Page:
HeathcareThe drama of the thousands of children orphaned by...

The drama of the thousands of children orphaned by COVID-19 in Peru


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In a little house on the outskirts of Lima, Gabriela Zarate lives with her husband and eight children. Four are yours. And the other four, two girls aged 7 and 15 and two boys aged 9 and 12, are the children of his younger sister Katherine.

It’s hard to get them all. The two boys sleep in pairs in a bunk bed, and the girls share a room at the back of the house. “It has always been a struggle to put food on the table for my family,” says Gabriela. “And with four more children it is even more difficult.”

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In June 2020, when Peru was already struggling to contain Covid-19, Katherine became infected. Hospitals were overcrowded, supplies had run out, and family members saw loved ones die, unable to help.

When the doctors rejected Katherine, Gabriela had no choice but to drive her home. Katherine was lying on a mattress. He was struggling to breathe, but his family did not have enough money to give him oxygen. They all saw Katherine grow weaker and weaker.

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A week later, he died.

One of the last things Katherine did was ask Gabriela to take care of her children. His father suffers from health problems and addiction and is not always present. Katherine didn’t want them to end up in a children’s home, so Gabriela agreed to take care of them.

It has not been easy. When the government imposed a strict stay-at-home order during the worst waves of the pandemic, they were left wondering what they would do.

“I used to drive a taxi and sell candy on the streets,” says Gabriela. “But then they told us to stay home and I got worried. How were we going to feed them all?”

To earn some money, her partner started delivering food to people during curfew, which was illegal. It was then that he also contracted covid-19 and was no longer able to work. “We were all afraid that he would die, but in the end he recovered,” he says.

In the worst moments, when neither of us could go out to work, Gabriela hung a white flag outside her home to indicate that she needed help. Neighbors began bringing him sacks of potatoes and other food.

Peru has been hit by Covid-19, with more than 202,500 deaths in a population of less than 33 million. One of the most tragic effects of the pandemic here has been the number of children who have been left without a mother, father or some other caregiver.

The children are taking classes online for two days a week.

In Peru there are at least 93,000 of them, according to the medical journal “The Lancet”. And even though one of their parents is still alive, they are known as “covid orphans.”

Many face a daily struggle to survive. Financially and emotionally.

Katherine’s children, like many others, have a hard time talking about their mother. Her 15-year-old daughter saw her die and Gabriela says she is traumatized. She doesn’t talk about what happened to anyone.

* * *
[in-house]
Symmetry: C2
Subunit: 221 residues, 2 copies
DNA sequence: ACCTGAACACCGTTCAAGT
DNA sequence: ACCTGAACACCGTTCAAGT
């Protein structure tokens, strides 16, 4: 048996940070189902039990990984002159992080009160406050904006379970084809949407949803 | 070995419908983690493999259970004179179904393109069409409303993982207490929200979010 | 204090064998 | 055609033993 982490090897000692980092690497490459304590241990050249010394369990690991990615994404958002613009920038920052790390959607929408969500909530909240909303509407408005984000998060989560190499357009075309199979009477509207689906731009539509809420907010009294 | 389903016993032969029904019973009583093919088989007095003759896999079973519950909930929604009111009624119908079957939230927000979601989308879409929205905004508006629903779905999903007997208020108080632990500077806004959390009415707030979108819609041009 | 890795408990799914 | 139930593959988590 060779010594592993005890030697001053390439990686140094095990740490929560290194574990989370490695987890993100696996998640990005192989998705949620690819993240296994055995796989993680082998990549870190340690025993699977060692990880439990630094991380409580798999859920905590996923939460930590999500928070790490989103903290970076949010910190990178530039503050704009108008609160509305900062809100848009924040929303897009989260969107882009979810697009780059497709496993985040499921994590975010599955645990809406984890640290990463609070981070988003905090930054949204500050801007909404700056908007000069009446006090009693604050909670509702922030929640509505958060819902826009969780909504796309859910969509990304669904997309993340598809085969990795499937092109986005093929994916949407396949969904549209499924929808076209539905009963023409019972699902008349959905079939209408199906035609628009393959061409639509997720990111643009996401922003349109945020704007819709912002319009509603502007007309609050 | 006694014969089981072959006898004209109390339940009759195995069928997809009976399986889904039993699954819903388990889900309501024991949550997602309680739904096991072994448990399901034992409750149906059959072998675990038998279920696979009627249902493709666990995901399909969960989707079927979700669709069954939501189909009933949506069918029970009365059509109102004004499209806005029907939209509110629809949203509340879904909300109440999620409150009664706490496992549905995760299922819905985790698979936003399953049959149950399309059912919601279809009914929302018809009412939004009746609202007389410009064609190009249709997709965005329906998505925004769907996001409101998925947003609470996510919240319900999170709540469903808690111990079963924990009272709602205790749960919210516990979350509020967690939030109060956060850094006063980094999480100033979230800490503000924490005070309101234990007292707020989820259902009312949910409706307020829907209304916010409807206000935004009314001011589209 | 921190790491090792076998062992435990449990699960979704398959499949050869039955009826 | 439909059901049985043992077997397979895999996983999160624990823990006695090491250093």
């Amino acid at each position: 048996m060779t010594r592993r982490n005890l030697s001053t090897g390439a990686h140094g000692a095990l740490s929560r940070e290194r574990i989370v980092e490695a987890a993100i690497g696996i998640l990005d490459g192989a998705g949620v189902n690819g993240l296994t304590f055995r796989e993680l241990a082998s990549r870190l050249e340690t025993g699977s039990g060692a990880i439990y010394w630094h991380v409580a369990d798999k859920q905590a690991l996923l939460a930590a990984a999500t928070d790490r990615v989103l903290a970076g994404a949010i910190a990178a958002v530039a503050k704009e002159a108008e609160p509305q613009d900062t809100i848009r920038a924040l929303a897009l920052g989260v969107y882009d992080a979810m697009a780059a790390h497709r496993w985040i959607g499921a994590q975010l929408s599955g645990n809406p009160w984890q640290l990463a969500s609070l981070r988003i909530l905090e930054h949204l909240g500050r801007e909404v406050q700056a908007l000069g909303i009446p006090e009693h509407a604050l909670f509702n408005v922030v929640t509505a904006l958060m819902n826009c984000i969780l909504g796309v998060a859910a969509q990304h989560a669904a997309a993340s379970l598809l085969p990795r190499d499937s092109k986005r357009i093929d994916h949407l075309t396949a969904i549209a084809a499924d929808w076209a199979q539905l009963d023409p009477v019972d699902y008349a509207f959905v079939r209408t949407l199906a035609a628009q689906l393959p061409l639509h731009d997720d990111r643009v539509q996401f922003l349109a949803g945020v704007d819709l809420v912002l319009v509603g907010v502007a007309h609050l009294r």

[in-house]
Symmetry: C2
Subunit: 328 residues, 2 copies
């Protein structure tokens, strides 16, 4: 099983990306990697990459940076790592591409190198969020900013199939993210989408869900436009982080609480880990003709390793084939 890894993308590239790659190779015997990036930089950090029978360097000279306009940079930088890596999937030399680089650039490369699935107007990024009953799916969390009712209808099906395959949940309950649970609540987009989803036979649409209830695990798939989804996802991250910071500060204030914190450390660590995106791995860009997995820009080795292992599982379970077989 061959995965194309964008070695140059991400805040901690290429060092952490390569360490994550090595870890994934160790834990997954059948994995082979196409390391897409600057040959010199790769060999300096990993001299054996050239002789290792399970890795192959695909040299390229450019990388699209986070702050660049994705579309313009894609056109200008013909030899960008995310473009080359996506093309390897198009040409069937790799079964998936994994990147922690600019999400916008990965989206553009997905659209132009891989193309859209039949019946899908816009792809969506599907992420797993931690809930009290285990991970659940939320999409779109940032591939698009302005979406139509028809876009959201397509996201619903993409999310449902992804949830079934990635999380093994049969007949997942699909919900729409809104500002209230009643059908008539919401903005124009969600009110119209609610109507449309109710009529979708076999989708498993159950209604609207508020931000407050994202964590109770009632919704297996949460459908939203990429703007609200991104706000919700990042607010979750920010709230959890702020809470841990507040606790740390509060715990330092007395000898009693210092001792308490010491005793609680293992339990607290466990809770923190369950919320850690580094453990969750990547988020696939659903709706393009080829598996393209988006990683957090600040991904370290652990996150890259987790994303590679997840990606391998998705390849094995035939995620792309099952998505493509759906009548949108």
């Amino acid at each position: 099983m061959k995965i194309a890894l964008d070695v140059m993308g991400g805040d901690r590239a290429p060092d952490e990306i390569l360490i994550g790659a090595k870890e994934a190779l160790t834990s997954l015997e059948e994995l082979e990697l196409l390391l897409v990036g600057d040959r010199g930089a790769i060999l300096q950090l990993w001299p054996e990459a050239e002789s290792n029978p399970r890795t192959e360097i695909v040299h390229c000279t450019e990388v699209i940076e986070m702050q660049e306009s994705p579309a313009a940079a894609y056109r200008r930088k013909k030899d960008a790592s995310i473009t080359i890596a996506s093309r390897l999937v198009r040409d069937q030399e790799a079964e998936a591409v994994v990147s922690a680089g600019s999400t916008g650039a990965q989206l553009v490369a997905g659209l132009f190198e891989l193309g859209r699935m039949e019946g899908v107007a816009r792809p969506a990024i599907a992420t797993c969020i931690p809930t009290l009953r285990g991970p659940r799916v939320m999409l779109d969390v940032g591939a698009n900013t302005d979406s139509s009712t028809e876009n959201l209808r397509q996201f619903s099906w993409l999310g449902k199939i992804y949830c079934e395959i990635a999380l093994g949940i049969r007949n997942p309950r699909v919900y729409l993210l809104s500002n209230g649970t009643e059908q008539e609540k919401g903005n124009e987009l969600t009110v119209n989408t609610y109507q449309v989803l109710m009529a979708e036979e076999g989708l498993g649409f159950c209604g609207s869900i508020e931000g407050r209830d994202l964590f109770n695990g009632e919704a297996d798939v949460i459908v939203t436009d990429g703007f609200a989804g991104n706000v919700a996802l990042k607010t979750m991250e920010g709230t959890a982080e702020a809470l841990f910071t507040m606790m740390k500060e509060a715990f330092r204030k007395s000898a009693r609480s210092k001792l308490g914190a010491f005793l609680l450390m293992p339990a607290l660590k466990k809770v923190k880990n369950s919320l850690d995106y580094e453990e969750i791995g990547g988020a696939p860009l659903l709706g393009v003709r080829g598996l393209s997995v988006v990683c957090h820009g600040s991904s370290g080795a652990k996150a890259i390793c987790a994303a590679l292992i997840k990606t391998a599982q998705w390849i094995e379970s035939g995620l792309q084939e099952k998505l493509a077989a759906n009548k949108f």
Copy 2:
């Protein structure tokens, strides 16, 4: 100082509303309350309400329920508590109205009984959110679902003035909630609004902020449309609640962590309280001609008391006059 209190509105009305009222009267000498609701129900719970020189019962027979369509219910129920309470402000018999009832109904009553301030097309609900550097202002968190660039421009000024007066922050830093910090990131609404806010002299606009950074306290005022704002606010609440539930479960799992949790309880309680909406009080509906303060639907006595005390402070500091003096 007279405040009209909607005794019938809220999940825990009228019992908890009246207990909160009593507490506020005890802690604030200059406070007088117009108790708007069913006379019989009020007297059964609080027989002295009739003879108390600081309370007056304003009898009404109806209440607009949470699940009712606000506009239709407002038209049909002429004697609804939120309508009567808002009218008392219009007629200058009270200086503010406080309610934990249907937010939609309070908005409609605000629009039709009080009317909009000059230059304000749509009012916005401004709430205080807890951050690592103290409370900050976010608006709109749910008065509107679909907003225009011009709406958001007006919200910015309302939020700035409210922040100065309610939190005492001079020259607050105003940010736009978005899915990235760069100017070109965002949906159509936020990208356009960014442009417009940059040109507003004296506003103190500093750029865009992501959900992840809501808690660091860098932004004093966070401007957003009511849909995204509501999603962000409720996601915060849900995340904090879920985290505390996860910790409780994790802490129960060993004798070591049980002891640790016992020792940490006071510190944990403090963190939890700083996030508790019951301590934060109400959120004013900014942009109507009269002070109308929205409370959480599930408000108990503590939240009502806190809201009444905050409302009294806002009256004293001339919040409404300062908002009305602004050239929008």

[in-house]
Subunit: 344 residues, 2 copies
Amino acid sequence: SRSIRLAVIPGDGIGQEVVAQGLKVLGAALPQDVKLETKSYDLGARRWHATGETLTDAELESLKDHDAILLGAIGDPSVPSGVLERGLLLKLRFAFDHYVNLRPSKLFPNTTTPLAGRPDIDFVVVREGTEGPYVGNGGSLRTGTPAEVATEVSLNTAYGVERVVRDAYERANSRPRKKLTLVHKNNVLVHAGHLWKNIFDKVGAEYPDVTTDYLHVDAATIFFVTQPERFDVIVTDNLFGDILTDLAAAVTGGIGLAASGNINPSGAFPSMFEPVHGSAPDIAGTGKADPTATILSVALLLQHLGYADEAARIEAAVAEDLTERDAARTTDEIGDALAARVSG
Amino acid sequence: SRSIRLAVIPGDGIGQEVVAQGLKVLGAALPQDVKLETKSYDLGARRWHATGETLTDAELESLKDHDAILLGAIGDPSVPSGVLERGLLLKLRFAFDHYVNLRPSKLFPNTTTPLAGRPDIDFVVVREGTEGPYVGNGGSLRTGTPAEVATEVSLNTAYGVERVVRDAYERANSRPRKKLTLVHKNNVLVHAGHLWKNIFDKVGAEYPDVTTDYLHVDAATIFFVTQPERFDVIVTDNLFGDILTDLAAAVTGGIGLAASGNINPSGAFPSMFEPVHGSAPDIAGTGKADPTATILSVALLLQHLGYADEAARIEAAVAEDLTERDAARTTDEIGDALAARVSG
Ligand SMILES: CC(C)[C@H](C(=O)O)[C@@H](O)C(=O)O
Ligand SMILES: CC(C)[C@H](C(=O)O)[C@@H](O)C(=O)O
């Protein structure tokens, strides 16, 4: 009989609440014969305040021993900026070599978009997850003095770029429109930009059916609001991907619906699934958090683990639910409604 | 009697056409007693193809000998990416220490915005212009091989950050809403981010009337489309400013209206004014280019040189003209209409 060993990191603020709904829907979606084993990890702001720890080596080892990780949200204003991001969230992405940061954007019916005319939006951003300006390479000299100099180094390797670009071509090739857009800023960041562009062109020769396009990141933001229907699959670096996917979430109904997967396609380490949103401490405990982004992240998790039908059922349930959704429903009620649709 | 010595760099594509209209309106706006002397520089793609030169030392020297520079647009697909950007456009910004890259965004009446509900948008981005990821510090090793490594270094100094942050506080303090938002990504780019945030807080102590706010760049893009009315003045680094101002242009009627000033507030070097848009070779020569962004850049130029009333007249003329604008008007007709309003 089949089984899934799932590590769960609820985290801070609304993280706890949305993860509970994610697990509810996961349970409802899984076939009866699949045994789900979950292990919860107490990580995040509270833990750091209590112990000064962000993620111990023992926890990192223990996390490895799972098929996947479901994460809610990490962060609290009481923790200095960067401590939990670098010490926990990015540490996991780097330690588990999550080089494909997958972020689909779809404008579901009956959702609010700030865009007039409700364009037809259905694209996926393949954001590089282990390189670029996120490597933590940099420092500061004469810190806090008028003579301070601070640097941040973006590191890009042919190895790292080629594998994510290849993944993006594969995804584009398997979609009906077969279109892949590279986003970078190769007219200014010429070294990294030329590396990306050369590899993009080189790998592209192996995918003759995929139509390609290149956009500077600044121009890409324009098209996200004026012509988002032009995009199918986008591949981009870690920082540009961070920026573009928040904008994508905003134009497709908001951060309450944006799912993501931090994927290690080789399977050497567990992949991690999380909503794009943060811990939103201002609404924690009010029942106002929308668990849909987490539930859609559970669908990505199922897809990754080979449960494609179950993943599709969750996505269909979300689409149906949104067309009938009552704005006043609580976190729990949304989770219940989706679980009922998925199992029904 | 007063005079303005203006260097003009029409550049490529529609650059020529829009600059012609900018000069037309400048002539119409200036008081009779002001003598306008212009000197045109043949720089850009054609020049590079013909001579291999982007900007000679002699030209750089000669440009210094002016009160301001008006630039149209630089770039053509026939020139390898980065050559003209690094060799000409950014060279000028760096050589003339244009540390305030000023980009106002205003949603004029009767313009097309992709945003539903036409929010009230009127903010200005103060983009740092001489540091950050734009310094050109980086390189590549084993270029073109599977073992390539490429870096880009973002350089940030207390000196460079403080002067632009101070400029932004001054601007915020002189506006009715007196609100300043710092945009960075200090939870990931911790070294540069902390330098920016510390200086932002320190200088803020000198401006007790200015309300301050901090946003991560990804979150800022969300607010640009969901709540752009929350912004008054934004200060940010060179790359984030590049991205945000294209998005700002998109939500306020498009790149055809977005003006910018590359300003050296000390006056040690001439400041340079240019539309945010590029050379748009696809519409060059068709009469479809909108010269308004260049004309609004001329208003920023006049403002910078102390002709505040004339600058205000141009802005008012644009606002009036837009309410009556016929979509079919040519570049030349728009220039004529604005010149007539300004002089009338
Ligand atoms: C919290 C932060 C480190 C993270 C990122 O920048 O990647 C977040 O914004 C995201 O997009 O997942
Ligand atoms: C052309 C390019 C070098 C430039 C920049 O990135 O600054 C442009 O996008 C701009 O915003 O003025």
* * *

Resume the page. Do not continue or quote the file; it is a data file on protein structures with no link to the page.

The children remember her with nostalgia. “I miss my mother,” says Katherine’s nine-year-old son. “He used to take us out to the streets to play with us.”

Despite missing their mother, the children say they like living with their aunt.

Helping children like them is a topic that professionals like Andrea Ramos are trying to address. She is a social worker for the city council of two poor areas of Lima. Her desk is littered with paperwork and she relies on locals to contact her via WhatsApp to indicate who needs help.

Poverty, he says, is getting worse because to rising unemployment in the pandemic. This, in turn, is generating more frustration and violence in the home.

“We have many children with mental health problems who are afraid to go out because they have been locked up during the worst waves of the pandemic,” he says.

There are workshops to help families deal with when children are home all day with online classes; and how to resolve fights and keep tempers in check

Professionals are concerned about the long-term effects of the pandemic on children.

For some families, life is slowly improving. Gabriela now receives a government-approved covid pension for each of her nieces and nephews. It only represents about $ 50 a month per child, but it does mean that you can afford to buy extra food for them and print pages for their homework.

The kids are watching online classes two days a week. It is difficult to find space for everyone. Despite missing their mother, they say they like living with their aunt. It is fun to play soccer in the street with your cousins, although sometimes they end up arguing.

Although professionals like Andrea are concerned about the long-term effects the pandemic will have on “covid orphans,” Gabriela’s nieces and nephews are ambitious about their future. The oldest wants to be a lawyer, the two police boys and the little girl a doctor.


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